Today, in United States v. Martinez-Cruz, the Tenth Circuit issued a published decision with very big ramifications for federal defendants with prior convictions under 21 U.S.C. Section 846. Also, by the way, you might notice that Caleb Kruckenberg is the listed attorney for Mr. Martinez-Cruz. I was both trial and appellate counsel in this case, so this one is near and dear to me.
Mr. Martinez-Cruz was convicted of re-entering the country following a prior deportation. Not only is this a felony (which is surprising to many reasonable people), but for people with prior convictions for “drug trafficking” crimes, the sentencing guidelines impose pretty significant penalties. In Mr. Martinez-Cruz’s case, he was previously convicted of violating 21 U.S.C. Section 846, which is a statute that prohibits conspiracies to possess with the intent to distribute a controlled substance. The government and the district court all believed that conviction was a “drug trafficking” offense. Because of that, Mr. Martinez-Cruz got an enhancement on his sentencing guidelines, which raised his sentencing range from 21 to 27 months to 33 to 41 months. Or, in non-guideline speak, he got an extra year in prison based on the old conviction.
Mr. Martinez-Cruz argued against the enhancement, saying his conviction should not count as a “drug trafficking” offense. The argument was pretty simple. When the guidelines says things like “drug trafficking” crimes, that is a reference to a generic crime. So, it is a reference to what most jurisdictions agree is a drug trafficking crime. For example, if a jurisdiction says possessing a dime bag of weed is “drug trafficking,” the sentencing enhancement wouldn’t apply because most jurisdictions wouldn’t consider that drug trafficking. That’s just possessing a small amount of weed. For a conspiracy conviction, you have to apply the same thinking. If a jurisdiction says something is “conspiracy,” but it doesn’t look like what most jurisdictions think is a conspiracy, then it doesn’t count.
In this case, Mr. Martinez-Cruz’s conviction was federal conspiracy under Section 846, but that statute doesn’t look like most jurisdictions’ idea of conspiracy. Most jurisdictions think a defendant is guilty of conspiracy only if he commits an overt act — does more than just think about committing a crime. Under Section 846, the feds can convict someone without proving an overt act. Because the prior conviction was non-generic, Mr. Martinez-Cruz argued he shouldn’t get the enhancement.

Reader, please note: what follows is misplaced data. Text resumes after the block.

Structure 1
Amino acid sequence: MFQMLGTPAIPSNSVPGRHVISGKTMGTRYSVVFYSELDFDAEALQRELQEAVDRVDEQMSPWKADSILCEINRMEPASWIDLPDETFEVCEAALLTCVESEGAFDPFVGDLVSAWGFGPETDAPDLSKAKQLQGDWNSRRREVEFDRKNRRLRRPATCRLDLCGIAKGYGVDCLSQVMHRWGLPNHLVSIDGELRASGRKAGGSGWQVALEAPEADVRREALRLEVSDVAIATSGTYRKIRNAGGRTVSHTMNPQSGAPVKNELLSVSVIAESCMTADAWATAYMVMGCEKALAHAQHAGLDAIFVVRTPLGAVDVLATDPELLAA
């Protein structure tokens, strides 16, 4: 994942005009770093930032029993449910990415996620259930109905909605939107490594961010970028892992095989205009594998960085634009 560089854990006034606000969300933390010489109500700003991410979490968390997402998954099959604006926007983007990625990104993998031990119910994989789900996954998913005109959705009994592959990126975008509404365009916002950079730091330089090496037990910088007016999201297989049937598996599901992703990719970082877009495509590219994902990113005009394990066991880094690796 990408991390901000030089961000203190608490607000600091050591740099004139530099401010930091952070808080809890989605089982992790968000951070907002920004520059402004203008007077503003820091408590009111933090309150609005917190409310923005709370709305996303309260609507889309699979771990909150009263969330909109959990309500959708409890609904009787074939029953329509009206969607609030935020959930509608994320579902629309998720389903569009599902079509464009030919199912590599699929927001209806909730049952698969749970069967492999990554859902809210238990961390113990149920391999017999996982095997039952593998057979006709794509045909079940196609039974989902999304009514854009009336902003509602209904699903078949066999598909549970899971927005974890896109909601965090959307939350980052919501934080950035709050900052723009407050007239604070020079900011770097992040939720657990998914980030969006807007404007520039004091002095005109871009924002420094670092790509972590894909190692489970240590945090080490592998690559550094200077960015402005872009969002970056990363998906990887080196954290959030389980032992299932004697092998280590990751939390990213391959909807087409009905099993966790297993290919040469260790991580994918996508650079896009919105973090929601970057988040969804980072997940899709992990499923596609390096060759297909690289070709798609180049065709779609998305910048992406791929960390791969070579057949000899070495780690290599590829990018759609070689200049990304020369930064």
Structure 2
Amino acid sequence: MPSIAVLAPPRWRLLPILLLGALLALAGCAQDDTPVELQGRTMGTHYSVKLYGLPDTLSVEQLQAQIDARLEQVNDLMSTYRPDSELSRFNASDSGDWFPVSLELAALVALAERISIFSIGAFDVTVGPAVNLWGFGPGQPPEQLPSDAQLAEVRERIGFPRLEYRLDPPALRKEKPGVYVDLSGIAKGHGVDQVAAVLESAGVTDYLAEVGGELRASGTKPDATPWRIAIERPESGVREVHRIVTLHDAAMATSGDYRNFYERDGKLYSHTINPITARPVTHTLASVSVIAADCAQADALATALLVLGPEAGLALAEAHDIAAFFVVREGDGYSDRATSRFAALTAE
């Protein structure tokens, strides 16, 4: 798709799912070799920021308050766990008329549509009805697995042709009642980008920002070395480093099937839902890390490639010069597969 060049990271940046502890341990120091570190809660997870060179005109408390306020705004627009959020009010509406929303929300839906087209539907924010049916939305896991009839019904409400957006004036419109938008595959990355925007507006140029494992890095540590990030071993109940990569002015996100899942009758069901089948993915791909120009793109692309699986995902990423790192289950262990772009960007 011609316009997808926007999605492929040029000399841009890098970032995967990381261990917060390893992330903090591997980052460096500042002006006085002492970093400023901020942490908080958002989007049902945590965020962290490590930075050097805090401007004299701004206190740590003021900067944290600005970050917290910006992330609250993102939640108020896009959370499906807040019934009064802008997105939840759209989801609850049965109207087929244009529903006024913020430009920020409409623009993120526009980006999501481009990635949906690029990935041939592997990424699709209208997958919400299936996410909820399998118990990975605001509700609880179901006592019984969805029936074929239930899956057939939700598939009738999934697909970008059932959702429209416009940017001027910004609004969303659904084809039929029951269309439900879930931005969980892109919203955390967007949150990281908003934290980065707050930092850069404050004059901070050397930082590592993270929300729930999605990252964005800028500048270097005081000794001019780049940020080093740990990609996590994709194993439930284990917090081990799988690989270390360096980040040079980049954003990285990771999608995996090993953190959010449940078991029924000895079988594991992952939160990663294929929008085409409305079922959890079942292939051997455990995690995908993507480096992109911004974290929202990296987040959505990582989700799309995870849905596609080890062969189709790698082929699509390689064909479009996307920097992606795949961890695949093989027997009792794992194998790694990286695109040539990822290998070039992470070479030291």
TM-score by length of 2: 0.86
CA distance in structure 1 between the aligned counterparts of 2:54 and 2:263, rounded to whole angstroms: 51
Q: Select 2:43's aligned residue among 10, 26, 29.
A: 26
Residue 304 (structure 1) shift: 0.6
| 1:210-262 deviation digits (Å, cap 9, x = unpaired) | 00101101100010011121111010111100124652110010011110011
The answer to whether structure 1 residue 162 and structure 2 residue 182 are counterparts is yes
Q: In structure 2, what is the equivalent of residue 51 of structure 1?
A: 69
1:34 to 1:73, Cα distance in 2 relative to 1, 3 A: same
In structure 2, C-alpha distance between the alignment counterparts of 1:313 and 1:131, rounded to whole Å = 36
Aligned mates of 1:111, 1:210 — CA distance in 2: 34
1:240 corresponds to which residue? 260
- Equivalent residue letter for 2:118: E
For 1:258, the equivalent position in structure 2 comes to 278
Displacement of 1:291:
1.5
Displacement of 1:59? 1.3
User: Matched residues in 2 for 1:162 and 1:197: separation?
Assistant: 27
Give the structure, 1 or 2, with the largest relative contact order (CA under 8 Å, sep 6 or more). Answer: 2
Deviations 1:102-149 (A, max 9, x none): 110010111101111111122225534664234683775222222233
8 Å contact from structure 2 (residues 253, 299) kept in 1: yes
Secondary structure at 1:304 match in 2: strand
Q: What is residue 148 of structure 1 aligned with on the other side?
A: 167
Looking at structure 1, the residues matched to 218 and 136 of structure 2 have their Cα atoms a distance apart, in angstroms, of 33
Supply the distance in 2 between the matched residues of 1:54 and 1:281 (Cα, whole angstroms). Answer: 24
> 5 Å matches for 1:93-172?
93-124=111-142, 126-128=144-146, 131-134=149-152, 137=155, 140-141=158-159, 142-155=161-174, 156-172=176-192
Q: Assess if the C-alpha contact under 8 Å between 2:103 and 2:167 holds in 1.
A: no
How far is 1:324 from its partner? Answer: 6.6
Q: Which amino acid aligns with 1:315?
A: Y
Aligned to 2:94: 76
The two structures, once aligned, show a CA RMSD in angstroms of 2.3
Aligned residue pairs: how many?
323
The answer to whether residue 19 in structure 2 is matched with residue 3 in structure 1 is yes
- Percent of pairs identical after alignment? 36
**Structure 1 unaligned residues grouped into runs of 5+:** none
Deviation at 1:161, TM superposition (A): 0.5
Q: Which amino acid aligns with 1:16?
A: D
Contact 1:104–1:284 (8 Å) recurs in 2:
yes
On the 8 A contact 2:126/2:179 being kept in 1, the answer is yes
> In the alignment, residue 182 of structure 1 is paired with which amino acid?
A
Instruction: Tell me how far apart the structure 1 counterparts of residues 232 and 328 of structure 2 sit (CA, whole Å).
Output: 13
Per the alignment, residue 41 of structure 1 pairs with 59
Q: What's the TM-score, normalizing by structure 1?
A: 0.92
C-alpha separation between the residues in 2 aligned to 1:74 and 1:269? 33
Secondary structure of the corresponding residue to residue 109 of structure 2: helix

The district court was not swayed. In an opinion it described the argument as “absurd.” After all, two different circuit courts had already dismissed the same argument because it seemed like Section 846 probably should count as drug trafficking.
Not so fast, said the Tenth Circuit. In a published opinion, the Court basically adopted the analysis I just described. The Court also decided that the other circuit courts were just wrong. So they sent the case back for re-sentencing so that Mr. Martinez-Cruz can get the year taken off his sentence.
This decision is significant for a number of reasons. First, for Mr. Martinez-Cruz this means one less year of prison, and means that he will be re-united with his family much sooner. That’s probably good enough right there.
Second, this decision is a significant win for a lot of other defendants. The particular part of the sentencing guidelines that was at issue in this case, Section 2L1.2, has been amended and soon won’t have the same kind of enhancement. However, lots of other parts of the guidelines do. Probably the worst is the career offender guideline. Under Section 4B1.1, if a defendant has two prior drug trafficking convictions he can face an automatic guideline sentence of at least 15 years in prison. It has been pretty standard practice for basically forever to treat convictions under Section 846 as drug trafficking convictions. Now, however, that is not the case (at least in the Tenth Circuit). This means that some people who otherwise might face 15-year sentences could see half of that. Maybe this means that lots of people will get much shorter sentences. That’s huge.